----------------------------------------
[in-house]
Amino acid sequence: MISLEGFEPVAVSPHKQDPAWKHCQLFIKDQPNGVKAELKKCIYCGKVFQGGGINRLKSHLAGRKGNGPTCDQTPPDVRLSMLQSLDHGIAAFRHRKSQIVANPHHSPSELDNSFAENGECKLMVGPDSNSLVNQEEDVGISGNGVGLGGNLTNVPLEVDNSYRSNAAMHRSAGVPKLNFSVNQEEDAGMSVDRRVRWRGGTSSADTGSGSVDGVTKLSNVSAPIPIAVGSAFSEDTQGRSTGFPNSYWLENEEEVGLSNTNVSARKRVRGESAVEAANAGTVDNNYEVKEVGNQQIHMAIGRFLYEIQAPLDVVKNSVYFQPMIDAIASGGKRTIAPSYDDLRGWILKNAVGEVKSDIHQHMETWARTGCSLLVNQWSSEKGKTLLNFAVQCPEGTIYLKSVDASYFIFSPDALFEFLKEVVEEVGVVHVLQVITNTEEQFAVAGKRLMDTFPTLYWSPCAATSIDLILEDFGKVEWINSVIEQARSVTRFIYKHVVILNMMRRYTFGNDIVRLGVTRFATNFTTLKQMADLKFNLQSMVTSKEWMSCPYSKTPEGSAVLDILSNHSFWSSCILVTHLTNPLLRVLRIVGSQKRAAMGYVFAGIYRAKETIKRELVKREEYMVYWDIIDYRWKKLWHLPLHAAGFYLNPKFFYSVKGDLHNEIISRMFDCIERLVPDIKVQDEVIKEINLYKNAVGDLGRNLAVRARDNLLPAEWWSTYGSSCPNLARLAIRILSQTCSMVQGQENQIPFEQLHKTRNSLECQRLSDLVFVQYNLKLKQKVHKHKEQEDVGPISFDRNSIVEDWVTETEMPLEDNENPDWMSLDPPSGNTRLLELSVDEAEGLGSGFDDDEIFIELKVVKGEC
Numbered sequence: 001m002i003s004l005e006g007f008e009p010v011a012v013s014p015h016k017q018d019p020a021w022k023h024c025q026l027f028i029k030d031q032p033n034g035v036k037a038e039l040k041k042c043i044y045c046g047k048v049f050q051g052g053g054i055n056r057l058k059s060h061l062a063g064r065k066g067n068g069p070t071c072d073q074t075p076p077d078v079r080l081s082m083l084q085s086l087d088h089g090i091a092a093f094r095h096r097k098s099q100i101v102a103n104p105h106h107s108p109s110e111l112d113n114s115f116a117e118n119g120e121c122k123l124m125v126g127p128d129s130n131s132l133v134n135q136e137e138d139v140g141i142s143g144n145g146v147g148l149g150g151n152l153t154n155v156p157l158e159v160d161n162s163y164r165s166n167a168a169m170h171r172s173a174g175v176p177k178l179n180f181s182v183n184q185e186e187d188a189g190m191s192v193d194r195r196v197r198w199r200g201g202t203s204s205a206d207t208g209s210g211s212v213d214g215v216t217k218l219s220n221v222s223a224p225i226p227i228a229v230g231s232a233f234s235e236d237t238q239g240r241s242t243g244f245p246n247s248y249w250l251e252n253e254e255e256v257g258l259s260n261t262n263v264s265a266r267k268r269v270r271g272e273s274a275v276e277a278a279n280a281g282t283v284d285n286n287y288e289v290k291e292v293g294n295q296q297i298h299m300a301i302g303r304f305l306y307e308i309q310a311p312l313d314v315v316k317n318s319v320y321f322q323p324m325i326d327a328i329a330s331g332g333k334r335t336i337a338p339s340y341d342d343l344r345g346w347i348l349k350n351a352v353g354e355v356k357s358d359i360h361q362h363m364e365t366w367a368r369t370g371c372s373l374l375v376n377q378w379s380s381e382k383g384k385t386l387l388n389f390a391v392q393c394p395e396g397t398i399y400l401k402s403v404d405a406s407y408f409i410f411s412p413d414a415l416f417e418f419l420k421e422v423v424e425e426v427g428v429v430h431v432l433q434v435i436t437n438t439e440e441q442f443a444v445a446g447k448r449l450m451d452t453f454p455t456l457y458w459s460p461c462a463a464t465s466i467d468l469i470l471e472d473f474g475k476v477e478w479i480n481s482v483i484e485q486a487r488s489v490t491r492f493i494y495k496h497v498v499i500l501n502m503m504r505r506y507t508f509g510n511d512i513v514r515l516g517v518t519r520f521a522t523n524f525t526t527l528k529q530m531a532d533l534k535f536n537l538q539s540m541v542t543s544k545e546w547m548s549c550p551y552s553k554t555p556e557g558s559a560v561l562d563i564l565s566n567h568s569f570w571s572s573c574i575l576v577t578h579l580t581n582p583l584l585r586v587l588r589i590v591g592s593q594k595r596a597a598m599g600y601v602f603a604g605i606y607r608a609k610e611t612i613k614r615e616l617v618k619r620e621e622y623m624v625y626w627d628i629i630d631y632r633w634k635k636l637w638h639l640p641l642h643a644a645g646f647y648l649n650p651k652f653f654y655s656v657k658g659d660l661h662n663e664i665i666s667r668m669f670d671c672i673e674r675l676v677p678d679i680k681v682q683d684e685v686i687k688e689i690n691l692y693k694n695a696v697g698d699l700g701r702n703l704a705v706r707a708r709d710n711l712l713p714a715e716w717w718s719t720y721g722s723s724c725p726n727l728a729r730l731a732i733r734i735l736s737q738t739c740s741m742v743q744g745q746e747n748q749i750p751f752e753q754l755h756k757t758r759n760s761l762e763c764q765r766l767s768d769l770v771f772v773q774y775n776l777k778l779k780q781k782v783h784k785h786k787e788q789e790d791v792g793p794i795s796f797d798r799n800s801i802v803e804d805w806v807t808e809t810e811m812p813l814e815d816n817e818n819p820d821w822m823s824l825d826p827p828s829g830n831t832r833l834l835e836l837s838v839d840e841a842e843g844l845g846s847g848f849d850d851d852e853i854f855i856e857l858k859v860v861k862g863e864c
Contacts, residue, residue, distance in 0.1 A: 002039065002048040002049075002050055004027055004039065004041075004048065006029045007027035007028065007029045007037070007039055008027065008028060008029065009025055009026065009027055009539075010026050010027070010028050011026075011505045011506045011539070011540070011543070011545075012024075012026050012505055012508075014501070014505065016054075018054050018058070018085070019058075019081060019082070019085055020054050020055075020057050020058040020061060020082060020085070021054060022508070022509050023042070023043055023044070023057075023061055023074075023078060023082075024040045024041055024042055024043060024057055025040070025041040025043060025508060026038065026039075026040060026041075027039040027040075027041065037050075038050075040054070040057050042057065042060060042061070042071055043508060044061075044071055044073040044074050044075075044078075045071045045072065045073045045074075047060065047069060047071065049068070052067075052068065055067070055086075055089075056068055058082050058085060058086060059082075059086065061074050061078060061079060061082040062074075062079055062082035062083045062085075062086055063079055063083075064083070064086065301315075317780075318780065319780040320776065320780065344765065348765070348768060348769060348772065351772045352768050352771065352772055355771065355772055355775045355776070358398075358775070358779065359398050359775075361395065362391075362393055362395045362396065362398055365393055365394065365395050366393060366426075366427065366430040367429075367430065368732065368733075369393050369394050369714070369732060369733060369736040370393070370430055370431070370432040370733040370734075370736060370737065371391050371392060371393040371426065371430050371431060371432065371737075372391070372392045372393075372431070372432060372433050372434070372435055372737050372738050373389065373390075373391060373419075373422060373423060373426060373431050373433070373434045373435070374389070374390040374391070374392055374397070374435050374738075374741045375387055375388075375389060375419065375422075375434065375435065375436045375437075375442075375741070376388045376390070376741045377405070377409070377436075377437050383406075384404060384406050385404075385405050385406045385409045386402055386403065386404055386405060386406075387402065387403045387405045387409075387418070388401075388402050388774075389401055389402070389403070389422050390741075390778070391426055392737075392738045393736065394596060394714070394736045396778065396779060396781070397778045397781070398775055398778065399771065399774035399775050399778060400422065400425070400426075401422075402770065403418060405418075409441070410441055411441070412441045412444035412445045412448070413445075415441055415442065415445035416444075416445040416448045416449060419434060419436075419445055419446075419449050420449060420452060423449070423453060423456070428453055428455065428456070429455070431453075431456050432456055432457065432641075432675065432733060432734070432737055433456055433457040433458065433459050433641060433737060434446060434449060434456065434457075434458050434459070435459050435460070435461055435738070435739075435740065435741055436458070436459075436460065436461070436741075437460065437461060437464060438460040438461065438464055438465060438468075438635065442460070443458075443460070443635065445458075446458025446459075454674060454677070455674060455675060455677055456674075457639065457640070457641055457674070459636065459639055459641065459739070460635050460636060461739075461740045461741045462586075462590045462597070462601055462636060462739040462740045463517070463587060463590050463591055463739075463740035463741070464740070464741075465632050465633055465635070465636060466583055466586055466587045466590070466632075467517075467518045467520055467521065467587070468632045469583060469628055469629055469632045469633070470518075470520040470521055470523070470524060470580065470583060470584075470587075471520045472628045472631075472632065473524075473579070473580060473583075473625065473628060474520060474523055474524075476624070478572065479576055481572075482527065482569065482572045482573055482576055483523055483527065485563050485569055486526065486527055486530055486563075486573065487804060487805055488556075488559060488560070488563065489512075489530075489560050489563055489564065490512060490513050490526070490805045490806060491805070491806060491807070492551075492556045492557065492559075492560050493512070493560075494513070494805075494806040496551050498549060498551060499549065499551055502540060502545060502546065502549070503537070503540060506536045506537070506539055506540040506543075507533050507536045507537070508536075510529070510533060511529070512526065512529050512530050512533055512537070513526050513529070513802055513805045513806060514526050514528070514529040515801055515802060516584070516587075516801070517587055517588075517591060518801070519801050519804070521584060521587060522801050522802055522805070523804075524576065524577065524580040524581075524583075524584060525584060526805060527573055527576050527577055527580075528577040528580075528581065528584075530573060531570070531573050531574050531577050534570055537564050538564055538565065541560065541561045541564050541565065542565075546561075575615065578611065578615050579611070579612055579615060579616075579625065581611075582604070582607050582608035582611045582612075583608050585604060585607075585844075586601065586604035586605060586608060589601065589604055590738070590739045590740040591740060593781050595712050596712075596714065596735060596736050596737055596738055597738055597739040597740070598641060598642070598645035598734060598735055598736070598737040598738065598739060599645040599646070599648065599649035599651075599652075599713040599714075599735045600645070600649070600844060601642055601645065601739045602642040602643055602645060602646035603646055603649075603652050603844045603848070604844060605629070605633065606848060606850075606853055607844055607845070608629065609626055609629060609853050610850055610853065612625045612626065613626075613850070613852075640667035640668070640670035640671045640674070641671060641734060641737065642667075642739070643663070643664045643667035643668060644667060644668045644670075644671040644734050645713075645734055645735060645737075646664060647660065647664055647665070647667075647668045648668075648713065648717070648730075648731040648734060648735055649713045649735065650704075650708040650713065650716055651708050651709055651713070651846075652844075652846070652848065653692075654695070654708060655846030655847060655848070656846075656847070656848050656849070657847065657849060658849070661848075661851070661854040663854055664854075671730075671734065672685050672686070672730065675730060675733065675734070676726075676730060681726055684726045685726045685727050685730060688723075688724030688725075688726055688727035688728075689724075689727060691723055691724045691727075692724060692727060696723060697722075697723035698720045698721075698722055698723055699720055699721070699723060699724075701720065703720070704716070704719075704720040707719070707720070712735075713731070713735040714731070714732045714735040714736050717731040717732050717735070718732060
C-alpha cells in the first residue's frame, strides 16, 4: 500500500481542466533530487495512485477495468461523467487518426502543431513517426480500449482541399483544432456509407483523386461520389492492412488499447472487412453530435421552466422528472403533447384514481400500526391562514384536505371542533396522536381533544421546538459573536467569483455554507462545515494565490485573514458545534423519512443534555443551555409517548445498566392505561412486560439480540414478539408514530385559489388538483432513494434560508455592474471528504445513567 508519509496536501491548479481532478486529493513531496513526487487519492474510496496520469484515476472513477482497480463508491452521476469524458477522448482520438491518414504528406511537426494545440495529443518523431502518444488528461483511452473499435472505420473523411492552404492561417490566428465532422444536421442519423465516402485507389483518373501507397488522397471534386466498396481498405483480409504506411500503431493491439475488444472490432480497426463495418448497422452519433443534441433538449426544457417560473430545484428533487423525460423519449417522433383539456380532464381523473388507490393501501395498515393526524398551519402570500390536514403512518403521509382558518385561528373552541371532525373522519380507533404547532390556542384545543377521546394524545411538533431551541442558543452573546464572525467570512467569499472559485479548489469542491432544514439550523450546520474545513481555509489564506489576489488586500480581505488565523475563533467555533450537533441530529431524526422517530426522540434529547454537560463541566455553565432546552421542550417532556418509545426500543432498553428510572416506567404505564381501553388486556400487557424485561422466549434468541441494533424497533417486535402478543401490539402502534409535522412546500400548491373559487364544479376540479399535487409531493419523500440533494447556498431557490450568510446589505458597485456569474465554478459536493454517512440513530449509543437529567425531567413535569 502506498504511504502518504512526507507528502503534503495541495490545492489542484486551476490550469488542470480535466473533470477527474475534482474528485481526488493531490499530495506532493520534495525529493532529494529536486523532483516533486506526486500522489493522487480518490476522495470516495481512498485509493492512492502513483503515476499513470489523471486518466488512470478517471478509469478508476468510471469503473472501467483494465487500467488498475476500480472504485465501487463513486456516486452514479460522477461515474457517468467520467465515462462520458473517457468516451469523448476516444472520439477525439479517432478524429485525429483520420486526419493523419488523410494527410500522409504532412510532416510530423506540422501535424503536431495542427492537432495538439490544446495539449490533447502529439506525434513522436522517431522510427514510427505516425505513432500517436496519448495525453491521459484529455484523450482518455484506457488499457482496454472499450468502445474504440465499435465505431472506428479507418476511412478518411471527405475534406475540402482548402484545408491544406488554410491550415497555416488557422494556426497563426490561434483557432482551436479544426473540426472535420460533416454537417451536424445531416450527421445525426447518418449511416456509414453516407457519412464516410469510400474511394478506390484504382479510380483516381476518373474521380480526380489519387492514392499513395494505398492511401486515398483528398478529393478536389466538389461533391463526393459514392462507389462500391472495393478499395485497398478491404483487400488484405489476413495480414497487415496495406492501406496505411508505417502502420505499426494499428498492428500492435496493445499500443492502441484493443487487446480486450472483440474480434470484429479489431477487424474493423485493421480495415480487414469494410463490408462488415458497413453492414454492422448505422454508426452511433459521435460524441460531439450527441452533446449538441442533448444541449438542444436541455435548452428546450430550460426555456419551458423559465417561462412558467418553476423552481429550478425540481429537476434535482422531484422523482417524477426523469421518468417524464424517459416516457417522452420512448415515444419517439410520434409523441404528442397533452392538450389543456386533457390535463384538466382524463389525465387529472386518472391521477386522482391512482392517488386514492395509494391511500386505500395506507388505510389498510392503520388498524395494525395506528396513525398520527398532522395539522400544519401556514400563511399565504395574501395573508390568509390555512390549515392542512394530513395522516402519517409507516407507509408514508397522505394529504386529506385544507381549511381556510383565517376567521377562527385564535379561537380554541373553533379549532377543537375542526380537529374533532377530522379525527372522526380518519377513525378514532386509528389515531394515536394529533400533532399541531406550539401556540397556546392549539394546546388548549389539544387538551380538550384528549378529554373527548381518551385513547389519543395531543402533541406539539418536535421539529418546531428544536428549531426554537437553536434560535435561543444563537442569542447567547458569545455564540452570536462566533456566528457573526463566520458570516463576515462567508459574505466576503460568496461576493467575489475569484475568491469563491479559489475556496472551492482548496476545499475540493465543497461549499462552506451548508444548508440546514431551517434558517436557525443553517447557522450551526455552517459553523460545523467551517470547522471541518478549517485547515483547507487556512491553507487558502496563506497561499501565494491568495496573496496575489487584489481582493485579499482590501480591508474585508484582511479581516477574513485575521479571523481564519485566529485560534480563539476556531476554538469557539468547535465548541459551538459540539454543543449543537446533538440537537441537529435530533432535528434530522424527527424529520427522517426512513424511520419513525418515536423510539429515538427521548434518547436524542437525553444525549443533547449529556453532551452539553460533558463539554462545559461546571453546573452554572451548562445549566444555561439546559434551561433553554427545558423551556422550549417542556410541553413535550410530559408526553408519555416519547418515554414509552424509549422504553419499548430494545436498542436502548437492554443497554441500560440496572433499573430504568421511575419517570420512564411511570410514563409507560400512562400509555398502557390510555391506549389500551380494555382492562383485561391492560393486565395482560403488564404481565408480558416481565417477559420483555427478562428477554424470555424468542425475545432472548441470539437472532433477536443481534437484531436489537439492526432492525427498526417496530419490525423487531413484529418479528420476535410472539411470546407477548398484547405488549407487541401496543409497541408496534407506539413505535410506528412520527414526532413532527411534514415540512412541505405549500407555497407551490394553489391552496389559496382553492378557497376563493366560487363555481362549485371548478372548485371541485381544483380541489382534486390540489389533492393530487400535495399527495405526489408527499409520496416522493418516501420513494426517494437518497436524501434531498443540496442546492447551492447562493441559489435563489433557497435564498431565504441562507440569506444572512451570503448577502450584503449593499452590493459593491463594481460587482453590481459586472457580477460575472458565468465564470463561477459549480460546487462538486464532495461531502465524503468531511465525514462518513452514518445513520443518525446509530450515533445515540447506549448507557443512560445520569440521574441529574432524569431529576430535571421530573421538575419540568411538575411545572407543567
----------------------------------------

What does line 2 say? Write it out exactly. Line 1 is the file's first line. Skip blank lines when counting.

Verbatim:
Amino acid sequence: MISLEGFEPVAVSPHKQDPAWKHCQLFIKDQPNGVKAELKKCIYCGKVFQGGGINRLKSHLAGRKGNGPTCDQTPPDVRLSMLQSLDHGIAAFRHRKSQIVANPHHSPSELDNSFAENGECKLMVGPDSNSLVNQEEDVGISGNGVGLGGNLTNVPLEVDNSYRSNAAMHRSAGVPKLNFSVNQEEDAGMSVDRRVRWRGGTSSADTGSGSVDGVTKLSNVSAPIPIAVGSAFSEDTQGRSTGFPNSYWLENEEEVGLSNTNVSARKRVRGESAVEAANAGTVDNNYEVKEVGNQQIHMAIGRFLYEIQAPLDVVKNSVYFQPMIDAIASGGKRTIAPSYDDLRGWILKNAVGEVKSDIHQHMETWARTGCSLLVNQWSSEKGKTLLNFAVQCPEGTIYLKSVDASYFIFSPDALFEFLKEVVEEVGVVHVLQVITNTEEQFAVAGKRLMDTFPTLYWSPCAATSIDLILEDFGKVEWINSVIEQARSVTRFIYKHVVILNMMRRYTFGNDIVRLGVTRFATNFTTLKQMADLKFNLQSMVTSKEWMSCPYSKTPEGSAVLDILSNHSFWSSCILVTHLTNPLLRVLRIVGSQKRAAMGYVFAGIYRAKETIKRELVKREEYMVYWDIIDYRWKKLWHLPLHAAGFYLNPKFFYSVKGDLHNEIISRMFDCIERLVPDIKVQDEVIKEINLYKNAVGDLGRNLAVRARDNLLPAEWWSTYGSSCPNLARLAIRILSQTCSMVQGQENQIPFEQLHKTRNSLECQRLSDLVFVQYNLKLKQKVHKHKEQEDVGPISFDRNSIVEDWVTETEMPLEDNENPDWMSLDPPSGNTRLLELSVDEAEGLGSGFDDDEIFIELKVVKGEC